Objectives-The impact of work on the risk of future psychiatric disorder has been examined in few longitudinal studies.
This was examined prospectively in a large epidemiological study of civil servants.
Methods-In the Whitehall II study, a longitudinal, prospective cohort study of 6895 male and 3413 female London based civil servants, work characteristics measured at baseline (phase 1 : 1985-8) and first follow up (phase 2 : 1989) were used to predict psychiatric disorder measured by a 30 item general health questionnaire (GHQ) at phase 2 and phase 3 follow up (phase 3 : 1991-3).
Work characteristics and GHQ were measured at all three phases.
Low social support at work and low decision authority, high job demands and effort-reward imbalance were associated with increased risk of psychiatric disorder as assessed by the GHQ at follow up adjusting for age, employment grade, and baseline GHQ score.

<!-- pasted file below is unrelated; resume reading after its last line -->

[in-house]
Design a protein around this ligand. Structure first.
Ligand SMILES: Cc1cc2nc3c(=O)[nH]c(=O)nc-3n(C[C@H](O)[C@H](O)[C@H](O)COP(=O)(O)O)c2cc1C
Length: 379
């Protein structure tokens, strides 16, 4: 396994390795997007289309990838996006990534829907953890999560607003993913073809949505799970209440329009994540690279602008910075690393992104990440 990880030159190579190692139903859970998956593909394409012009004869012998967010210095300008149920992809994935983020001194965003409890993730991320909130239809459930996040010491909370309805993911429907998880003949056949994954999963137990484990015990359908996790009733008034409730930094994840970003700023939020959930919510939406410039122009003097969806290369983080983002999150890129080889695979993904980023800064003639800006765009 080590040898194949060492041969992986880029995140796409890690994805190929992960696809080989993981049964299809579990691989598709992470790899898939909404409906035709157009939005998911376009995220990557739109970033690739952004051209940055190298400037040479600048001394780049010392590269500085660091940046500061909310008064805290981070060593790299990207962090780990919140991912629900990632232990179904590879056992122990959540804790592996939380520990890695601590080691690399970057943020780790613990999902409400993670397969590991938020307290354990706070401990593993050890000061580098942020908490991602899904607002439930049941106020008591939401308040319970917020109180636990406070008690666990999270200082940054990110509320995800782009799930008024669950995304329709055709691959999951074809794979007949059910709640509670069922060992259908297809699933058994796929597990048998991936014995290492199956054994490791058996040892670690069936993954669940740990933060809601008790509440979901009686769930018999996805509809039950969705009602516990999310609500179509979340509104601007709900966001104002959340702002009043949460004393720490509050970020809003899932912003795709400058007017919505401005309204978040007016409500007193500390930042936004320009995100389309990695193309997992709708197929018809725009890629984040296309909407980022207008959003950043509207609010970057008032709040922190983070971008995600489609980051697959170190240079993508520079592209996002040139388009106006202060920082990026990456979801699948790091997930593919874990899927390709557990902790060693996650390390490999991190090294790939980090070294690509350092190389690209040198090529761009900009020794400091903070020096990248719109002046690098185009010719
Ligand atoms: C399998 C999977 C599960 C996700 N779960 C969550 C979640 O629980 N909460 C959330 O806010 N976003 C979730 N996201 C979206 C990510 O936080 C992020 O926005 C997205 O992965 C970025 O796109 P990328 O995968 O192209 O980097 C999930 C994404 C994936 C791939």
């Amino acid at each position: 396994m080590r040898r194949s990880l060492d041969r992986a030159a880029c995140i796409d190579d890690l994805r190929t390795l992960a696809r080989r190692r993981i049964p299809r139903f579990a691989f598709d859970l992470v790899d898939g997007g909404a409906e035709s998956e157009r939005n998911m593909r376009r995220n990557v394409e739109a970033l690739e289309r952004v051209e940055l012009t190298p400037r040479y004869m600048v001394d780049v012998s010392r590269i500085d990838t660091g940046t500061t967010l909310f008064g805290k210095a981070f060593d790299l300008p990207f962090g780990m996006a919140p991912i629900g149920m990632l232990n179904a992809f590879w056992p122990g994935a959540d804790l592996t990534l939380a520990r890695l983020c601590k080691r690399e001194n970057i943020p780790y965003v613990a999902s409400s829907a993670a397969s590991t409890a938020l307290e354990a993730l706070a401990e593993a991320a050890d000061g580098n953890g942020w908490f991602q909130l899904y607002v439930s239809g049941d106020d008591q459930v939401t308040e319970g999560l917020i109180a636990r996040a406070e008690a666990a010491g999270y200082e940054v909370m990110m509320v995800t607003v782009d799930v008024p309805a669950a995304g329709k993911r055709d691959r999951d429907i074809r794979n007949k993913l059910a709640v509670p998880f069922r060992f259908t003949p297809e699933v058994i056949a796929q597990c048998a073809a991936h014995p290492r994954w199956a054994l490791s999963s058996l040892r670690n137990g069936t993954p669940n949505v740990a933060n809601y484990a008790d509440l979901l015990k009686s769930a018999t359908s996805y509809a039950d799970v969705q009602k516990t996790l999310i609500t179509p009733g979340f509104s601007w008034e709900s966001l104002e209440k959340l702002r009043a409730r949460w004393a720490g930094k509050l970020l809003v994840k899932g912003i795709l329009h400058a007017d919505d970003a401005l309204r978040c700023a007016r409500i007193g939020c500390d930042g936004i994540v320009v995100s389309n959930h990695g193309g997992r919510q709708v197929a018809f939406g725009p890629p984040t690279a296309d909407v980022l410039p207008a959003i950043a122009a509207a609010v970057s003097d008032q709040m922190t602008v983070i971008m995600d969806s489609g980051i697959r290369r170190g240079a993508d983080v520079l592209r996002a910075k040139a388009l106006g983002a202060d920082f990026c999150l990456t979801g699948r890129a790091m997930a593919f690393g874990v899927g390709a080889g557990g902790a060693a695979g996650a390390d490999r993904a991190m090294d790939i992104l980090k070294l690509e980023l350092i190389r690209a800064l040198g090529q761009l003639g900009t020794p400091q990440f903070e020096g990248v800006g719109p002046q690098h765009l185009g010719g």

Conclusions-Social support and control at work protect mental health while high job demands and effort-reward imbalance are risk factors for future psychiatric disorder.
Intervention at the level of work design, organisation, and management might have positive effects on mental health in working populations.
Mots-clés Pascal : Médecine travail, Fonctionnaire, Facteur risque, Condition travail, Santé mentale, Trouble psychiatrique, Etude cohorte, Etude longitudinale, Epidémiologie, Royaume Uni, Europe, Santé, Homme, Evaluation, Psychologie travail
Mots-clés Pascal anglais : Occupational medicine, Civil servant, Risk factor, Working condition, Mental health, Mental disorder, Cohort study, Follow up study, Epidemiology, United Kingdom, Europe, Health, Human, Evaluation, Occupational psychology
Notice produite par :
Inist-CNRS - Institut de l'Information Scientifique et Technique
Cote : 99-0233666
Code Inist : 002A26L09. Création : 16/11/1999.